Supreme Court sets arguments in big abortion case

National News

This Friday, Sept. 3, 2021, photo shows the Supreme Court in Washington. The Supreme Court’s decision this past week not to interfere with the state’s strict abortion law, provoked outrage from liberals and cheers from many conservatives. President Joe Biden assailed it. But the decision also astonished many that Texas could essentially outmaneuver Supreme Court precedent on women’s constitutional right to abortion. (AP Photo/J. Scott Applewhite)

WASHINGTON (AP) — The Supreme Court will hear arguments Dec. 1 in Mississippi’s bid to have the landmark Roe v. Wade decision guaranteeing a woman’s right to an abortion overturned.

The court issued its arguments calendar for late November and early December on Monday.

Mississippi is asking the high court to uphold its ban on most abortions after the 15th week of pregnancy. The state has told the court it should overrule Roe and the 1992 decision in Planned Parenthood v. Casey that prevent states from banning abortion before viability, the point at which a fetus can survive outside the womb, around 24 weeks of pregnancy.

The court recently allowed a Texas law to take effect that bans abortions after cardiac activity can be detected, around 6 weeks of pregnancy, before some women even know they are pregnant. The law is unusual in that it allows private citizens to sue people who may have facilitated a prohibited abortion. The court, split 5-4, did not rule on the constitutionality of the law, but rather declined to block enforcement while a challenge to the law plays out in the courts.

Still, abortion providers took the vote as an ominous sign about where the court, its conservative majority fortified with three appointees of former President Donald Trump, might be heading on abortion.

The providers have said Mississippi wants the court to “scuttle a half-century of precedent and invite states to ban abortion entirely.”

Among the hundreds of legal briefs on both sides of the case is one filed Monday by more than 500 athletes in support of abortion rights, warning that stripping constitutional protection from abortion would be devastating to female athletes. The group includes Crissy Perham, an Olympic gold medalist in swimming who said she was speaking publicly about her abortion for the first time.

Perham, who competed under the name Ahmann-Leighton, said her decision to have an abortion after becoming pregnant “ultimately led me to being an Olympian, a college graduate, and a proud mother today.” She won three medals, including two golds, at the Barcelona Games in 1992.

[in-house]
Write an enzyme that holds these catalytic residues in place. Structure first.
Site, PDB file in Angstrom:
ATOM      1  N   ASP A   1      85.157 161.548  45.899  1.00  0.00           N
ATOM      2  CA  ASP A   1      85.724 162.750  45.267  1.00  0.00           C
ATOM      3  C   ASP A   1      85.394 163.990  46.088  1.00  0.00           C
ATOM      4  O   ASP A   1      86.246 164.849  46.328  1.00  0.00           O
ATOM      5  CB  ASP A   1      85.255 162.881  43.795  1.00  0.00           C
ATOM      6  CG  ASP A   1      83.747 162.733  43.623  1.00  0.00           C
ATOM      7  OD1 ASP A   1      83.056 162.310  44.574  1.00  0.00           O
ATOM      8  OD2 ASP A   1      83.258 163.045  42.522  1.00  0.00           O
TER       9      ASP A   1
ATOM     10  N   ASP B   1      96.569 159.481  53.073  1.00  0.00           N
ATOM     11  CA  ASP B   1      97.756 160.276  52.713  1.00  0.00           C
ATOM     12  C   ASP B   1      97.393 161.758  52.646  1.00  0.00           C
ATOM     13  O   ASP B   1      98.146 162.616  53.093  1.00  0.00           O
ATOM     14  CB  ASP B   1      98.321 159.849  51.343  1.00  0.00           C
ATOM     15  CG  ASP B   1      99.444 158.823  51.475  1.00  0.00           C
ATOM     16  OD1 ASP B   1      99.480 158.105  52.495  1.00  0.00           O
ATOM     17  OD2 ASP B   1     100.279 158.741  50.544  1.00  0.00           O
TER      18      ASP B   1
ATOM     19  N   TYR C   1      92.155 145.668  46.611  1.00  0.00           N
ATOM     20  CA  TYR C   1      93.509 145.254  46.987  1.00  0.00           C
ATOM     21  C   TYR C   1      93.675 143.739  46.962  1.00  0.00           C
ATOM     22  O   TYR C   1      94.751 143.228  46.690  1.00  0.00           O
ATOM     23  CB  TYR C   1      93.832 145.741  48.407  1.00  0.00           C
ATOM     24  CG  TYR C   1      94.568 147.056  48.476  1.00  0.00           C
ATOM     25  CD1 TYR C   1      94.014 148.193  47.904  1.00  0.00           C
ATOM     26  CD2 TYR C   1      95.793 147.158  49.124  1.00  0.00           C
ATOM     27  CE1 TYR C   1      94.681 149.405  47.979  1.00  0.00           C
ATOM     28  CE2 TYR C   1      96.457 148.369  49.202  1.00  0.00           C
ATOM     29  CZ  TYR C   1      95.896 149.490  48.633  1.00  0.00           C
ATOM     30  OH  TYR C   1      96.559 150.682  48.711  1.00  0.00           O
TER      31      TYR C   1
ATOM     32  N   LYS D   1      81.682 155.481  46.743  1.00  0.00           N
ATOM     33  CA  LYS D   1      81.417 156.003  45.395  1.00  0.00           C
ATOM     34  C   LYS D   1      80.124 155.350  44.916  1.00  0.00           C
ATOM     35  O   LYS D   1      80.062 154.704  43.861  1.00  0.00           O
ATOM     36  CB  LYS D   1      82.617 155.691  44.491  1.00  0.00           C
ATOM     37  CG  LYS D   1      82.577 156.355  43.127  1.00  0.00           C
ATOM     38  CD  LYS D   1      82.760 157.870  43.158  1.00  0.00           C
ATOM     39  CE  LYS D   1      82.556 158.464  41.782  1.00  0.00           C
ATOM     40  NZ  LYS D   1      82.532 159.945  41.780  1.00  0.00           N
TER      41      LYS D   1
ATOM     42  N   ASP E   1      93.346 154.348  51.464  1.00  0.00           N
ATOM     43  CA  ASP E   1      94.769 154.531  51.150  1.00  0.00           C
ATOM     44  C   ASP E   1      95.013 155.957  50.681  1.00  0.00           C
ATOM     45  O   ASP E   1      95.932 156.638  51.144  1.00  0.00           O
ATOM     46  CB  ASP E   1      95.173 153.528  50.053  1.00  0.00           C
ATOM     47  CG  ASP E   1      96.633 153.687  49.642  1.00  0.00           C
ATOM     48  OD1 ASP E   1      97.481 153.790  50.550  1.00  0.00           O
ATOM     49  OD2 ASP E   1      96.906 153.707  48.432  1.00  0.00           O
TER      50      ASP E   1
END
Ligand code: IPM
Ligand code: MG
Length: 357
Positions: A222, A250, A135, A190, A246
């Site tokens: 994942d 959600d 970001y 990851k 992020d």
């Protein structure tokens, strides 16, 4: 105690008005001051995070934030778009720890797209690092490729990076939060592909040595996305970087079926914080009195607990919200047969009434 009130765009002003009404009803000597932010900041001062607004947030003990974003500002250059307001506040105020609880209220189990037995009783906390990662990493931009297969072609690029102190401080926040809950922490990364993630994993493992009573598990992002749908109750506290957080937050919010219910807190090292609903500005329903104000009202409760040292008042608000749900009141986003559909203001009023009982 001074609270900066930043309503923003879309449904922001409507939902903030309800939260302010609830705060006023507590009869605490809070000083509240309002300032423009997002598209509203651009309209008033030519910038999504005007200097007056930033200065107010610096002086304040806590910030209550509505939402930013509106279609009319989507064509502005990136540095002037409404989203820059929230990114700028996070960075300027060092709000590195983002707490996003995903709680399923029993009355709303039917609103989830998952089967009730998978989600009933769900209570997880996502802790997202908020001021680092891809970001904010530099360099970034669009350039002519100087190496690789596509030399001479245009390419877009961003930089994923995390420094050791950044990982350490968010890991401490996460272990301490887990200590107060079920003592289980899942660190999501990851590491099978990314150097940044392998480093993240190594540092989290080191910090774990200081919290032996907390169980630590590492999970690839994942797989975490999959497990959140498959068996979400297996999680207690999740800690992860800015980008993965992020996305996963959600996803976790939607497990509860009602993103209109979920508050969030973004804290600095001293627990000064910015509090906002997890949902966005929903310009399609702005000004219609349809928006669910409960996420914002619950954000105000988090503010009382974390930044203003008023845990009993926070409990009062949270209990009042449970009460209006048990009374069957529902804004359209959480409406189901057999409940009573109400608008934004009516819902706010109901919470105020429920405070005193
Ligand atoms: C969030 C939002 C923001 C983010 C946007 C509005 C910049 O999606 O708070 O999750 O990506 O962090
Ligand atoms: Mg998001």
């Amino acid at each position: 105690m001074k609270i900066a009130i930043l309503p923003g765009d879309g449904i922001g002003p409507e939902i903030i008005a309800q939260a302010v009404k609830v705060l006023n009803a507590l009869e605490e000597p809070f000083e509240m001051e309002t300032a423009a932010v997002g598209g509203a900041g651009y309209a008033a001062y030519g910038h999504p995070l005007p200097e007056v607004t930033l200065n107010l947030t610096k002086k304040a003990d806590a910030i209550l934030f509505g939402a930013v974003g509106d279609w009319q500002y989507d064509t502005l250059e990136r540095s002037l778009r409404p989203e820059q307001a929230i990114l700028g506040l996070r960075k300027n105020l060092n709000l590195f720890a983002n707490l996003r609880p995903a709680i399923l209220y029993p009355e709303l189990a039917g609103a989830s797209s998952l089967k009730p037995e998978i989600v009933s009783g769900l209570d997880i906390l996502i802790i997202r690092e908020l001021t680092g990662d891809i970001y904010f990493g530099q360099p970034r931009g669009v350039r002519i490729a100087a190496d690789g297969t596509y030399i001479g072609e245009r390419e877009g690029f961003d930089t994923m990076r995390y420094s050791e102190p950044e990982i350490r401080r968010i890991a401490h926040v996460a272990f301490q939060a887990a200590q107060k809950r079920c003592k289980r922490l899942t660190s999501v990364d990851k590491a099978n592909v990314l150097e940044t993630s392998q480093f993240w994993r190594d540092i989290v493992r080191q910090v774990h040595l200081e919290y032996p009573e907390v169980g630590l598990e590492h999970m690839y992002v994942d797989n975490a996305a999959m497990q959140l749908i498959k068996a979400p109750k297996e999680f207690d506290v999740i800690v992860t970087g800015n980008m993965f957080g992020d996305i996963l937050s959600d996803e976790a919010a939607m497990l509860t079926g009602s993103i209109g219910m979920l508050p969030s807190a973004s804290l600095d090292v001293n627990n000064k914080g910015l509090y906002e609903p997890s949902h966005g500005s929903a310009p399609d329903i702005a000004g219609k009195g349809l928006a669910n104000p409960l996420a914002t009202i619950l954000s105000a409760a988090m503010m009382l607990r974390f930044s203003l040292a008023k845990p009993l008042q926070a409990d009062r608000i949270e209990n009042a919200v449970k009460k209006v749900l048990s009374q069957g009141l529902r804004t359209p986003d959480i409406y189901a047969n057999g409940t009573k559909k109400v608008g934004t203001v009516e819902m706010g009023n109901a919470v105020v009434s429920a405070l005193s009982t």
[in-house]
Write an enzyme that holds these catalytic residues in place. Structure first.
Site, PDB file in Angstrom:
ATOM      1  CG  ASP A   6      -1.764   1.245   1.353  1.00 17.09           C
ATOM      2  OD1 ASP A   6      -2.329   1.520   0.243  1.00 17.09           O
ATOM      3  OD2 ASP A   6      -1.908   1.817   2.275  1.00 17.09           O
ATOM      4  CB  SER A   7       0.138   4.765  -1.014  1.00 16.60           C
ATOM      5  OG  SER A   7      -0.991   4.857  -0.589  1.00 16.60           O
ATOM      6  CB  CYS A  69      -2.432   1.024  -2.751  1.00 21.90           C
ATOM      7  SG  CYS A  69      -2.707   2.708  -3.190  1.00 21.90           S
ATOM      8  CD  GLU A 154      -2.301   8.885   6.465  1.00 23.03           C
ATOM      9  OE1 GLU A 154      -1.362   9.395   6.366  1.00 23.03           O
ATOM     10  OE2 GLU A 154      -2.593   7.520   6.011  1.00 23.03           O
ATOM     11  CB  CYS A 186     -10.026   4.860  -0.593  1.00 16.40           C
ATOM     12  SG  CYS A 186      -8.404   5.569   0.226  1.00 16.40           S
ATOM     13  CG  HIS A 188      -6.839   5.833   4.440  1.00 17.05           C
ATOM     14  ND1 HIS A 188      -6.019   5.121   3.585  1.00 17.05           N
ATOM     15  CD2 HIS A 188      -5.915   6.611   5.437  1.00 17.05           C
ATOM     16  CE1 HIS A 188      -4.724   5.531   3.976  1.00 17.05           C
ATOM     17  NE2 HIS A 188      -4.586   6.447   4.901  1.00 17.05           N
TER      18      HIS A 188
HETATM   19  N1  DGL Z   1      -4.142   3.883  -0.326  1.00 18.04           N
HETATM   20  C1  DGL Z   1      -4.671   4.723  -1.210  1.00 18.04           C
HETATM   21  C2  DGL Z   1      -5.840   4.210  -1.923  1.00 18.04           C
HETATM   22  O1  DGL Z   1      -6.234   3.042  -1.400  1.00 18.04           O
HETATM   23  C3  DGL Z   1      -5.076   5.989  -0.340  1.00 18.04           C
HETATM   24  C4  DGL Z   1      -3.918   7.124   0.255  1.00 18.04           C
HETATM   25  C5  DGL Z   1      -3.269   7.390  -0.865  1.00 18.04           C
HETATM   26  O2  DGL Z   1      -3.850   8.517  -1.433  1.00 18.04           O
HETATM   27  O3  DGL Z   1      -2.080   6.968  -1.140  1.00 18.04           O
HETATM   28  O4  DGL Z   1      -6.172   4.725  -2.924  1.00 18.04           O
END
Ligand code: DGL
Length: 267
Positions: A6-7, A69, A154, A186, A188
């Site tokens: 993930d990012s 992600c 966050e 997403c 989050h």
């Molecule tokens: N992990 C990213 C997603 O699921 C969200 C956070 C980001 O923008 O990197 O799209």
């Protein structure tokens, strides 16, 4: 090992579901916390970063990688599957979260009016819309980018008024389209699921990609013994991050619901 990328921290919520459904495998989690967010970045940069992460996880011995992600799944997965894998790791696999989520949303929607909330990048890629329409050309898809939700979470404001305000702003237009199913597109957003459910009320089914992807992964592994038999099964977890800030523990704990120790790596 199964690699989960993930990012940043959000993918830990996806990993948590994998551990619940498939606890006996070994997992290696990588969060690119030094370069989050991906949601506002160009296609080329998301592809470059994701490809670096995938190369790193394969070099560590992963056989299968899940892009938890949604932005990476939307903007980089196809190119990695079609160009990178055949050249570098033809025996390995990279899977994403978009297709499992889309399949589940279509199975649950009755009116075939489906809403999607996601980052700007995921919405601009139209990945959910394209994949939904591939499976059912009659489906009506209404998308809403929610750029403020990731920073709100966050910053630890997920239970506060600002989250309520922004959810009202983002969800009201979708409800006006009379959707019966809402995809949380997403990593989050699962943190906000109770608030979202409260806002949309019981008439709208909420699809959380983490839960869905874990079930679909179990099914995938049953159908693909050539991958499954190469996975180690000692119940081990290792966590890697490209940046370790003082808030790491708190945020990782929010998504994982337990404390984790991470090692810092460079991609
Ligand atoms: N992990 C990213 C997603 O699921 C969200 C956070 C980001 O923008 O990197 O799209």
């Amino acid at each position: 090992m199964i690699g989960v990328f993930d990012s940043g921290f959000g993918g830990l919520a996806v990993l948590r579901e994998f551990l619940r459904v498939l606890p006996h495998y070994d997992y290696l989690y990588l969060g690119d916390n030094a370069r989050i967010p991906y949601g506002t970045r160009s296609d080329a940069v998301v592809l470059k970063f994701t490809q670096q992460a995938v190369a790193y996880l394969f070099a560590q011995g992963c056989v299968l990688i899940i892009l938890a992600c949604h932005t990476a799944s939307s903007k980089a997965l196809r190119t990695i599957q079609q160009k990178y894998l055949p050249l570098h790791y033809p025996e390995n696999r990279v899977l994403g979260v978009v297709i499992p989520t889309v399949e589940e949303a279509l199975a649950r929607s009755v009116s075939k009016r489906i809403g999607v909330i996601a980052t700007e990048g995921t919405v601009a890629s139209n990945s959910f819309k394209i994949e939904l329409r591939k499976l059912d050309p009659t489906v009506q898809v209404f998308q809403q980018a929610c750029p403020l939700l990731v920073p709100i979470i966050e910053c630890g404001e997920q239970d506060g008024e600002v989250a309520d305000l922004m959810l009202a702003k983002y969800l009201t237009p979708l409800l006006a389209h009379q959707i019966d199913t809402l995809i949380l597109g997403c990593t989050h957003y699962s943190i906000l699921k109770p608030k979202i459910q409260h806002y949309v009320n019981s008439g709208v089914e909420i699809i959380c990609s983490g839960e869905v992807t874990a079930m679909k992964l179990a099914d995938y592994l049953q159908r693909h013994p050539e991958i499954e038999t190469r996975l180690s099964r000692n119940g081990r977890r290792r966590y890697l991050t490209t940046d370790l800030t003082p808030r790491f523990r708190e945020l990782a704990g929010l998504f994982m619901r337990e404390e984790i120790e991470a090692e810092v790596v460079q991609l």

Other athletes who signed the high-court filing include soccer stars Megan Rapinoe and Becky Sauerbrunn; basketball players Diana Taurasi, Brittany Griner and Breanna Stewart; and water polo player Ashleigh Johnson.

The Mississippi law was enacted in 2018, but was blocked after a federal court challenge. The state’s only abortion clinic, Jackson Women’s Health Organization, remains open and offers abortions up to 16 weeks of pregnancy. About 100 abortions a year are done after the 15th week, the providers said.

More than 90% of abortions in the U.S. take place in the first 13 weeks of pregnancy, according to the Centers for Disease Control and Prevention.

The justices will be at their seats in the marble courtroom for the biggest test of abortion rights in decades.

The high court announced earlier this month that the justices plan to return to their majestic, marble courtroom for arguments beginning in October, more than a year and a half after the in-person sessions were halted because of the coronavirus pandemic.

The court is allowing live audio of the session, but members of the public will not be able to attend in person because of the coronavirus pandemic. Reporters who cover the court regularly will be present.

The justices all have been vaccinated, the court has said, allowing a return to in-person arguments after more than a year of arguments via telephone. The courthouse remains closed to the public.

The justiceshad been hearing cases by phoneduring the pandemic.

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